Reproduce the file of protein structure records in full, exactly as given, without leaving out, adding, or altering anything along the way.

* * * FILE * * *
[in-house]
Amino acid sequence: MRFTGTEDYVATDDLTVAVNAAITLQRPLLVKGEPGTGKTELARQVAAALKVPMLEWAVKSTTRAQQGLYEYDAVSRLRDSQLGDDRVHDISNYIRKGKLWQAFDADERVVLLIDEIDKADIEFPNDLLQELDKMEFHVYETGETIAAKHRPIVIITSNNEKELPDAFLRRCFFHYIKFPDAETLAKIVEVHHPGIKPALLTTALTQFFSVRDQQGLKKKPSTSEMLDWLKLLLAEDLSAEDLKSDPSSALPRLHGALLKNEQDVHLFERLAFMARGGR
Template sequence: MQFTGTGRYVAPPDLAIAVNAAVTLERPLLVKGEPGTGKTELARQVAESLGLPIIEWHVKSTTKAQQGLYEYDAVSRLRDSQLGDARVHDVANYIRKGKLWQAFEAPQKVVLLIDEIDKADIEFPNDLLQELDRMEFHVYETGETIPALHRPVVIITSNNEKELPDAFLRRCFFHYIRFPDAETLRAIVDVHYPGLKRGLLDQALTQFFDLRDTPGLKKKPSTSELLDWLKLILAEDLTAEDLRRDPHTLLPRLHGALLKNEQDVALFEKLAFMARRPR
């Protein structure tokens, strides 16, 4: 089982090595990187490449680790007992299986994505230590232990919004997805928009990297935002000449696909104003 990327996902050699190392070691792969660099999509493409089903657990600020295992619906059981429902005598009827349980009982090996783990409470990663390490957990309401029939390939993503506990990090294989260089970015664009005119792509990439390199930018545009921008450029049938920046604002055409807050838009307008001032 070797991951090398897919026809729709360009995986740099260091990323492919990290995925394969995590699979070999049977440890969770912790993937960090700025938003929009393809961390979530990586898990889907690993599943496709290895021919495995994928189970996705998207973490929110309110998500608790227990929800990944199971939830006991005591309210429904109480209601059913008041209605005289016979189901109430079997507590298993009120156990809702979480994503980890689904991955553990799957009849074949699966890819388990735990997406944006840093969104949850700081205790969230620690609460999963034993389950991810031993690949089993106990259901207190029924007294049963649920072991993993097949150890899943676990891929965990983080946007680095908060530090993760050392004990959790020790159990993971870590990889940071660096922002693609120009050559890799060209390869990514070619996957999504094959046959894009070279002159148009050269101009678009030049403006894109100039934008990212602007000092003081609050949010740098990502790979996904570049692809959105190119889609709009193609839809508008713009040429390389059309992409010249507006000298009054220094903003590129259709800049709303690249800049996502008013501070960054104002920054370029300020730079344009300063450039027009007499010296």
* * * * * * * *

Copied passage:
[in-house]
Amino acid sequence: MRFTGTEDYVATDDLTVAVNAAITLQRPLLVKGEPGTGKTELARQVAAALKVPMLEWAVKSTTRAQQGLYEYDAVSRLRDSQLGDDRVHDISNYIRKGKLWQAFDADERVVLLIDEIDKADIEFPNDLLQELDKMEFHVYETGETIAAKHRPIVIITSNNEKELPDAFLRRCFFHYIKFPDAETLAKIVEVHHPGIKPALLTTALTQFFSVRDQQGLKKKPSTSEMLDWLKLLLAEDLSAEDLKSDPSSALPRLHGALLKNEQDVHLFERLAFMARGGR
Template sequence: MQFTGTGRYVAPPDLAIAVNAAVTLERPLLVKGEPGTGKTELARQVAESLGLPIIEWHVKSTTKAQQGLYEYDAVSRLRDSQLGDARVHDVANYIRKGKLWQAFEAPQKVVLLIDEIDKADIEFPNDLLQELDRMEFHVYETGETIPALHRPVVIITSNNEKELPDAFLRRCFFHYIRFPDAETLRAIVDVHYPGLKRGLLDQALTQFFDLRDTPGLKKKPSTSELLDWLKLILAEDLTAEDLRRDPHTLLPRLHGALLKNEQDVALFEKLAFMARRPR
């Protein structure tokens, strides 16, 4: 089982090595990187490449680790007992299986994505230590232990919004997805928009990297935002000449696909104003 990327996902050699190392070691792969660099999509493409089903657990600020295992619906059981429902005598009827349980009982090996783990409470990663390490957990309401029939390939993503506990990090294989260089970015664009005119792509990439390199930018545009921008450029049938920046604002055409807050838009307008001032 070797991951090398897919026809729709360009995986740099260091990323492919990290995925394969995590699979070999049977440890969770912790993937960090700025938003929009393809961390979530990586898990889907690993599943496709290895021919495995994928189970996705998207973490929110309110998500608790227990929800990944199971939830006991005591309210429904109480209601059913008041209605005289016979189901109430079997507590298993009120156990809702979480994503980890689904991955553990799957009849074949699966890819388990735990997406944006840093969104949850700081205790969230620690609460999963034993389950991810031993690949089993106990259901207190029924007294049963649920072991993993097949150890899943676990891929965990983080946007680095908060530090993760050392004990959790020790159990993971870590990889940071660096922002693609120009050559890799060209390869990514070619996957999504094959046959894009070279002159148009050269101009678009030049403006894109100039934008990212602007000092003081609050949010740098990502790979996904570049692809959105190119889609709009193609839809508008713009040429390389059309992409010249507006000298009054220094903003590129259709800049709303690249800049996502008013501070960054104002920054370029300020730079344009300063450039027009007499010296």